Money

NFL player who saves 70% of salary plans to double his income by investing

Detroit Lions safety Glover Quin (27) runs with the ball after intercepting a pass during game action between the Minnesota Vikings and Detroit Lions.
Scott W. Grau | Icon Sportswire | Corbis | Getty Images
Detroit Lions safety Glover Quin (27) runs with the ball after intercepting a pass during game action between the Minnesota Vikings and Detroit Lions.

Putting your money to work can go a long way. For NFL player Glover Quin, various investments will likely double his income, reports Michael Rothstein of ESPN.

Quin, who was drafted by the Houston Texans in 2009 and now plays for the Detroit Lions, started investing early: For the first three years of his career, he saved 70% of his take-home pay and invested a chunk of it in well-known, publicly traded companies. He and his family lived off the rest, about $6,000 a month.

After signing a five-year $23.5 million contract with the Lions in 2013, Quin adopted a riskier investment strategy: He now puts 10 to 20% of his wealth towards funding start-ups, including Health Warrior and PeerWell.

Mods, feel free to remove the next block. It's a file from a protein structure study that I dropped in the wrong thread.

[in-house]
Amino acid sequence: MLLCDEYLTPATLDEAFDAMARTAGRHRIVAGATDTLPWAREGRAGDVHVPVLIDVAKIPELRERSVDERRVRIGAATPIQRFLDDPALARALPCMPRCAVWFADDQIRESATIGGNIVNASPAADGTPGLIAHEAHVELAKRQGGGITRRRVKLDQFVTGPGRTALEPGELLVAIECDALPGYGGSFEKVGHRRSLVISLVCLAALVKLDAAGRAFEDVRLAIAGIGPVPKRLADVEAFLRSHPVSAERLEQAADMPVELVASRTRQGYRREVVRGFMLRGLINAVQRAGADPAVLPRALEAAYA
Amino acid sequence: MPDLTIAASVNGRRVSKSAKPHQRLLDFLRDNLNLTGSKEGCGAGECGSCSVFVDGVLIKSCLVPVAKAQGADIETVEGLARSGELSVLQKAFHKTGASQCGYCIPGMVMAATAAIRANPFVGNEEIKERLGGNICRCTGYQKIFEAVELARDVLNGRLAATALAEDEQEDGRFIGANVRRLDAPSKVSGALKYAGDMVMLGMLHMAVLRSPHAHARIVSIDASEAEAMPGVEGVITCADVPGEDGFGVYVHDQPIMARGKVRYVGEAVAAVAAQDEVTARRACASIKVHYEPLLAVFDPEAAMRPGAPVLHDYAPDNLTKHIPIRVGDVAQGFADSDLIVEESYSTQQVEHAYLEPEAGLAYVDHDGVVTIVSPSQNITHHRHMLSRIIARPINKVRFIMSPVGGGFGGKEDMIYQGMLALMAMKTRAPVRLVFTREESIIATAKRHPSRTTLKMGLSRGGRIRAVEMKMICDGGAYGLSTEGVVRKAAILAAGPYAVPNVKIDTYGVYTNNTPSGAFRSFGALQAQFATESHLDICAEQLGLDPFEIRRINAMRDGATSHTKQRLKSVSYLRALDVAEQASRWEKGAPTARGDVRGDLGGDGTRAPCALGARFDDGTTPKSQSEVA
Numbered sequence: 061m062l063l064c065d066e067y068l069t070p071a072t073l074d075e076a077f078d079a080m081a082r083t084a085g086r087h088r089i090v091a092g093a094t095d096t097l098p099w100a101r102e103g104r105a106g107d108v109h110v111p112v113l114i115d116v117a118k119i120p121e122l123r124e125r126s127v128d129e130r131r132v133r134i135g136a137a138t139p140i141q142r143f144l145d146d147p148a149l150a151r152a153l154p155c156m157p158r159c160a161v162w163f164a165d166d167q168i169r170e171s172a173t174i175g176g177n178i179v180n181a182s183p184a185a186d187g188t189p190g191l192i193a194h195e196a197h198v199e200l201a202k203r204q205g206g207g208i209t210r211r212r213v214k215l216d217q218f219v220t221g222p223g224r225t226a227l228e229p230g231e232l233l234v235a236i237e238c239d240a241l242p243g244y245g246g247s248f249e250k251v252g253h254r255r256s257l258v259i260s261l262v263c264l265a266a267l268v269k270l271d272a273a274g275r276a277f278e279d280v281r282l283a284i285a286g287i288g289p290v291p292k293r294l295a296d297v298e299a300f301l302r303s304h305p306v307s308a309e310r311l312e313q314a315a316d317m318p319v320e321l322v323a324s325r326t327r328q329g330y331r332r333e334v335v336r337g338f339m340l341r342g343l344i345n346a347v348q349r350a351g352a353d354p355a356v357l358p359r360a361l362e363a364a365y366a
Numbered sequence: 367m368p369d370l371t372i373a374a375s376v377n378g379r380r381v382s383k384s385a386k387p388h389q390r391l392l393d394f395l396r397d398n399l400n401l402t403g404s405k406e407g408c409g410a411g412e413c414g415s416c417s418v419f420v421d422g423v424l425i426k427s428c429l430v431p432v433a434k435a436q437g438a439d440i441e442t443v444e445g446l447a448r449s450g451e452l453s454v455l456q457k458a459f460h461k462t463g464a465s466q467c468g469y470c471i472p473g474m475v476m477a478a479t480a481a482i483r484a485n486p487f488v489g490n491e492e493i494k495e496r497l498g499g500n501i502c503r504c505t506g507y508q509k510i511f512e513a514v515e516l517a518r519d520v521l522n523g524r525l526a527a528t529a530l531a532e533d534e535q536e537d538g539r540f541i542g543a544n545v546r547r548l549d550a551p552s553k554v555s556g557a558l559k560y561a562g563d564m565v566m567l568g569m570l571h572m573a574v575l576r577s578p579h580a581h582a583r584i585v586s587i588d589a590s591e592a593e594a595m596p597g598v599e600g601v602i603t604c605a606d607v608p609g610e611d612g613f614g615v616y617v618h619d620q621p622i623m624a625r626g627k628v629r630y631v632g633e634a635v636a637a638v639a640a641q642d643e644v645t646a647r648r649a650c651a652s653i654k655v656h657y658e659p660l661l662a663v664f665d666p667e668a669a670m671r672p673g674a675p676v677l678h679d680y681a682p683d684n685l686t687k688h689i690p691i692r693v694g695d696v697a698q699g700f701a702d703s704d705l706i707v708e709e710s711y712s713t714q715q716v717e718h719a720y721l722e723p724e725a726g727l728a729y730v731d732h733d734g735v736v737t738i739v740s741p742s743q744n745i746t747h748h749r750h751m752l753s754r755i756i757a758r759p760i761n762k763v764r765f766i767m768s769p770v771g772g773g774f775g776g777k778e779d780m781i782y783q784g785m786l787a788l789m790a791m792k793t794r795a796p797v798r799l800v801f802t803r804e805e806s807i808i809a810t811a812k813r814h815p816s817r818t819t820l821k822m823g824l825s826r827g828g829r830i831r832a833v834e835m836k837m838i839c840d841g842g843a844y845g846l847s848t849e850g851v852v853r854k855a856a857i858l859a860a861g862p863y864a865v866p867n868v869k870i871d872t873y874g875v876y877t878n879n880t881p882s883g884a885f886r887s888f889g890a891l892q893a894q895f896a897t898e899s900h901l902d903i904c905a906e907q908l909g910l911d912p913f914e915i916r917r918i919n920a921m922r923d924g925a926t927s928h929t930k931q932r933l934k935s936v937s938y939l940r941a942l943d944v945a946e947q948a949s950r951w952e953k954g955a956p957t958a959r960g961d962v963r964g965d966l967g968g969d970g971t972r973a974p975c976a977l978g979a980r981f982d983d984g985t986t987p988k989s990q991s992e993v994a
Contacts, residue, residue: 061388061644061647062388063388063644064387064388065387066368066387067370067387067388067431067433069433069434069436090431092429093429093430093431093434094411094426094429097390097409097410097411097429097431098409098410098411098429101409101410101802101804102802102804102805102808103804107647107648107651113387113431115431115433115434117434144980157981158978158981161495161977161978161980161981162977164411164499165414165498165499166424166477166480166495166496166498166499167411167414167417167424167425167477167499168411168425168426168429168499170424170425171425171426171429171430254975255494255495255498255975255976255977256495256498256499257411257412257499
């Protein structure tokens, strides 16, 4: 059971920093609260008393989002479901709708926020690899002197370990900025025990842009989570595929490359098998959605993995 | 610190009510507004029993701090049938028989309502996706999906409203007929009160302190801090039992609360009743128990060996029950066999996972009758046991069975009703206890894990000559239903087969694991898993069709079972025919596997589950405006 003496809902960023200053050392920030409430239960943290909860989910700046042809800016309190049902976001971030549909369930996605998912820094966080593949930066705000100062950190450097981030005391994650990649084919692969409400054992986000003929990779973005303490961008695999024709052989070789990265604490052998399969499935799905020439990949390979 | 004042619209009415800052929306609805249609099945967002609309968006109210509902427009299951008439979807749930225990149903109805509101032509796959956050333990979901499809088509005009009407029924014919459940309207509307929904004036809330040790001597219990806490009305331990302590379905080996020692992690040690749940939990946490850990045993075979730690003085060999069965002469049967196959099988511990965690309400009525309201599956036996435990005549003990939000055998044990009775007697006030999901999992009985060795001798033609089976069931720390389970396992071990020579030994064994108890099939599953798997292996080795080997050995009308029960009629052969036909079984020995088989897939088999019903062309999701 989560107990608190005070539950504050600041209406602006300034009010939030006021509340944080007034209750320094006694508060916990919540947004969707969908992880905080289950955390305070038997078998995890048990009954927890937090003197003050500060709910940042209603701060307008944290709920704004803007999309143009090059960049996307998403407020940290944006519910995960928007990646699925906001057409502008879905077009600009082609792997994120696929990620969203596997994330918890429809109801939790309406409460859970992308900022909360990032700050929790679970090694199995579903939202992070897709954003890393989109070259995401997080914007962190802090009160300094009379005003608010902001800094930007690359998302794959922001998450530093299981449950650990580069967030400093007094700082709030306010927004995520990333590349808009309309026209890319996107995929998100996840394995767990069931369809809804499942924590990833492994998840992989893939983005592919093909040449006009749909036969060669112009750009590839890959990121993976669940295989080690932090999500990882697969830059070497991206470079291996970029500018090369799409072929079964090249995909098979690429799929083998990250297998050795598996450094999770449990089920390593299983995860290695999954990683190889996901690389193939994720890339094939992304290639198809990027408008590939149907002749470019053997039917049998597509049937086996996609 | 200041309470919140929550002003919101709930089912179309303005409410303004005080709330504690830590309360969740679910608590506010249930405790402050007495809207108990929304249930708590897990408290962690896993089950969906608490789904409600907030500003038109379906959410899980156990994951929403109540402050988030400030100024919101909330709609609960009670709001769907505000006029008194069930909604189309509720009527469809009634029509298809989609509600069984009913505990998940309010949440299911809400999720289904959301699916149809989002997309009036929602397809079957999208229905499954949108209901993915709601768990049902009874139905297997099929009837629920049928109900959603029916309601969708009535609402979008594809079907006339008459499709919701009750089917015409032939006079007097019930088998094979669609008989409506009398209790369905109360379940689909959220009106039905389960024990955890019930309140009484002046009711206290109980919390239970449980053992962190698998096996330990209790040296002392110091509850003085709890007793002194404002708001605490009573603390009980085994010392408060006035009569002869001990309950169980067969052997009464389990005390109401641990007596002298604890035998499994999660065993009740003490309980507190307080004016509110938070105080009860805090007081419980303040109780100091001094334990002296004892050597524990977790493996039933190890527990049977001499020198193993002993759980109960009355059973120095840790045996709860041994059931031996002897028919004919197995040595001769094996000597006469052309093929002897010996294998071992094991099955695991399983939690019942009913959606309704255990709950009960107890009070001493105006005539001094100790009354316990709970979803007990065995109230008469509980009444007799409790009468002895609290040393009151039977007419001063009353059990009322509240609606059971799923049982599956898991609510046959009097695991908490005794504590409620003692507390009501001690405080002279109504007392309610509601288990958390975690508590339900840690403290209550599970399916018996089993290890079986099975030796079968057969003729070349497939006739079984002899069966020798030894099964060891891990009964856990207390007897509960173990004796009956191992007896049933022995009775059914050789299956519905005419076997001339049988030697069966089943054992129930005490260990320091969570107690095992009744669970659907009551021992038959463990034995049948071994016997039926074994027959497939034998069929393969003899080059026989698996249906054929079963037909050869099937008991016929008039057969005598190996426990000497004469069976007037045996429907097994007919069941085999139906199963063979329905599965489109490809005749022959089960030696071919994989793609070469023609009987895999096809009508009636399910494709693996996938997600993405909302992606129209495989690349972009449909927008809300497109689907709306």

He and his financial adviser Humble Lukanga "estimate a five-year projection where his private portfolio could match the money he has made in the NFL," Rothstein reports. "When his contract expires after the 2017 season, Quin will have earned more than $21 million, before taxes, in his eight-year career."

As Quin puts it, "It's kind of like having a double NFL career."

While Quin's lucrative NFL salary which averages $4.7 million a year puts his income well above that of the average American, you don't have to be rich to invest. The more you can set aside, the better, but even a little bit can end up paying large dividends, thanks to compound interest.

If you want to start saving and investing more, establish a specific strategy and stick to it, says Quin.

Despite being surrounded by big money and excess, the Lions safety hasn't strayed from his 70/30 save-spend strategy. As he tells Rothstein: "When you're in life, especially in this field, you need to have tunnel vision, because you see so many guys around you buying cars, buying jewelry, doing this, spending money, talking about the money that they spend. ... I've always trusted in the plan and never really let other people sway me away from it."